Right at the beginning of the latest “Polizeiruf 110” episode from Halle (Saale), the not exactly small alcohol problem of Chief Inspector Henry Koitzsch (Peter Kurth, 67) is brought into the center of the action. After a drunken drive through the city’s concrete canyons, he loses his driver’s license and has to take a taxi or tram to carry out his investigation.

In the inside pocket of his battered leather jacket is a hip flask filled with hard liquor, which he sometimes uses in the middle of questioning witnesses as if it were the most normal thing in the world. During the crisis discussion with the official addiction counselor, he appears to be aware of the problem and confidently quotes from Jack London’s (1876-1916) classic admonition “King Alcohol”.

Even if it is usually less obvious in reality, the widespread problem of alcoholism naturally also plays a significant role in the police authorities. After the problem of addictions was ignored within the company’s ranks for a long time or not addressed due to a lack of support concepts, the “Federal Working Group on Addiction Help in the Police” was founded in 1990 in order to establish the basis for the care of alcoholic colleagues. Members of this working group are police employees, those affected and experts from various scientific disciplines such as medicine, education, psychology and social work.

According to a report in “Spiegel”, it was assumed at the time that around five percent of police officers in the Federal Republic were alcohol dependent. Even if there are only a few current figures, everything indicates that the problem has by no means disappeared. As the “Berliner Zeitung” reported, a study by the Free University of Berlin in 2016 showed that around 25.5 percent of Berlin police officers consumed at least some risky alcohol consumption.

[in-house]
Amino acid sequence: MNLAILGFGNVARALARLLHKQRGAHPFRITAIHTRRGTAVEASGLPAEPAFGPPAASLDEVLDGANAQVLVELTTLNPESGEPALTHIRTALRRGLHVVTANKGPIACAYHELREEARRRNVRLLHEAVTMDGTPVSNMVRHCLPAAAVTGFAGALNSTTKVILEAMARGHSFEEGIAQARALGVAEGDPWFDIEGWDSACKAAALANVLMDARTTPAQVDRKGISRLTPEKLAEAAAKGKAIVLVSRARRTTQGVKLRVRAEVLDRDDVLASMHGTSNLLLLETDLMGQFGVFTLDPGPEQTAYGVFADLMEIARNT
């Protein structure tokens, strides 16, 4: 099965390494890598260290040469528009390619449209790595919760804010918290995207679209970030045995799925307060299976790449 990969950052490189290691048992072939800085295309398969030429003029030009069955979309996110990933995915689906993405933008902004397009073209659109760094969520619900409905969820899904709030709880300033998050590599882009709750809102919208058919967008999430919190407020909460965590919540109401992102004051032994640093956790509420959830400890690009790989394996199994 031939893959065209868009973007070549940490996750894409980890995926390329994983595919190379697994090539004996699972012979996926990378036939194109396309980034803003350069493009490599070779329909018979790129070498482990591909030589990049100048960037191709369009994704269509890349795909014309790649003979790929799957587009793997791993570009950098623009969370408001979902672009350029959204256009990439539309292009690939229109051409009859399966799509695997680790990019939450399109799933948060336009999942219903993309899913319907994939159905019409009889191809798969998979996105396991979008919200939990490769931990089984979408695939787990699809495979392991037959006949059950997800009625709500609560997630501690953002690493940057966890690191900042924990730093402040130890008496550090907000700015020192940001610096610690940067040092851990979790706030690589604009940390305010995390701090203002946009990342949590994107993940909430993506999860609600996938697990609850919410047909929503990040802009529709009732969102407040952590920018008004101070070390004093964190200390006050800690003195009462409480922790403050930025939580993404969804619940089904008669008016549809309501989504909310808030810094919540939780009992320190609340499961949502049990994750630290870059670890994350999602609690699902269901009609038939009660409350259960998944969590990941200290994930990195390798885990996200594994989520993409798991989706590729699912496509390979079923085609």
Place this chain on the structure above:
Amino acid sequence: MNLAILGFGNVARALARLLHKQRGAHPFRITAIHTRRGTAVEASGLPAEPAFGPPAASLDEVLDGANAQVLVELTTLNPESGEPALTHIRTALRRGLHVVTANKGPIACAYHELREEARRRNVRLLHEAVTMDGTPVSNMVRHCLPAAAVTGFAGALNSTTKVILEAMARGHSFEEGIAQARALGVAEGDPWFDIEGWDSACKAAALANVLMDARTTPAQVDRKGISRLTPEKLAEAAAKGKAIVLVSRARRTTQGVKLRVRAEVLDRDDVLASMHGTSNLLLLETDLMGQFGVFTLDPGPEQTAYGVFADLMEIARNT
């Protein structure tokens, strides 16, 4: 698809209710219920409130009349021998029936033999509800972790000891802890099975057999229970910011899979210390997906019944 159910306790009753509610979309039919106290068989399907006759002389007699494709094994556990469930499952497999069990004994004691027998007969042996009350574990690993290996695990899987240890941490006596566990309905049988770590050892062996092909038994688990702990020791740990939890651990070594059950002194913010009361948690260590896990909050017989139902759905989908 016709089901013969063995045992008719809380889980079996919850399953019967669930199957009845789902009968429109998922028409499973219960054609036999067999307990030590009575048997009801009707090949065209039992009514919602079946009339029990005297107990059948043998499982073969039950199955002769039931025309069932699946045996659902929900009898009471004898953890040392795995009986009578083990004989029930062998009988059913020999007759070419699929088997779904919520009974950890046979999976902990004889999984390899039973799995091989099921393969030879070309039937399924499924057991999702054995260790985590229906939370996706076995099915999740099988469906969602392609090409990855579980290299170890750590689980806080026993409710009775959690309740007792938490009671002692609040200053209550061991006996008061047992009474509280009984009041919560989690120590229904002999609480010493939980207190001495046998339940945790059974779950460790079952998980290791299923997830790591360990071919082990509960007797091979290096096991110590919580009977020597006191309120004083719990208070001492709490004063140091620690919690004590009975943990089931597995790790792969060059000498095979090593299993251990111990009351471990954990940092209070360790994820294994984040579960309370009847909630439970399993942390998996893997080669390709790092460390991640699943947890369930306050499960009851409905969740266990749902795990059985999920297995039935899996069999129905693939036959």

Not least thanks to the work of “BAG Addiction”, a changed awareness of the problem and structured health management have prevailed among police authorities over the past decades. At special training courses, supervisors receive precise instructions on how to deal with affected colleagues and disciplinary principles. As soon as the problem has been identified, those affected are provided with standard therapy options, some of which are specifically tailored to police officers and other emergency services.

An important point of contact here is the Paracelsus Berghof Clinic in Bad Essen, Lower Saxony, which always takes into account the special stresses that the police job entails in its treatments. On the website Dr. Peter Subkowski, former chief physician at the clinic, said: “According to our clinical experience with patients from the police sector, police officers are exposed to increasing psychological stress in their work. This is not just about traumatizing experiences or confrontation with violence and the risk of death, but also about the increasing staff shortage.”

The provisions laid down in the Federal Civil Servants Act (BBG) result in an obligation for law enforcement officers affected by alcohol problems to cooperate with such therapy offers. Although alcoholism itself is not an official offense, the impairment of service caused by alcohol abuse is. As the trade union magazine “Deutschepolizei” explained in a 2009 issue on the main topic of “alcohol and service”, the general duty of loyalty of civil servants also results in a duty to maintain the ability to serve.

“This obligation to maintain fitness for duty,” it says there, “includes the obligation to keep oneself healthy and productive (duty to maintain health) and, subsequently or in connection with this, also the obligation to restore health.” Anyone who refuses counseling or therapy will face disciplinary consequences, which can result in their removal from public service.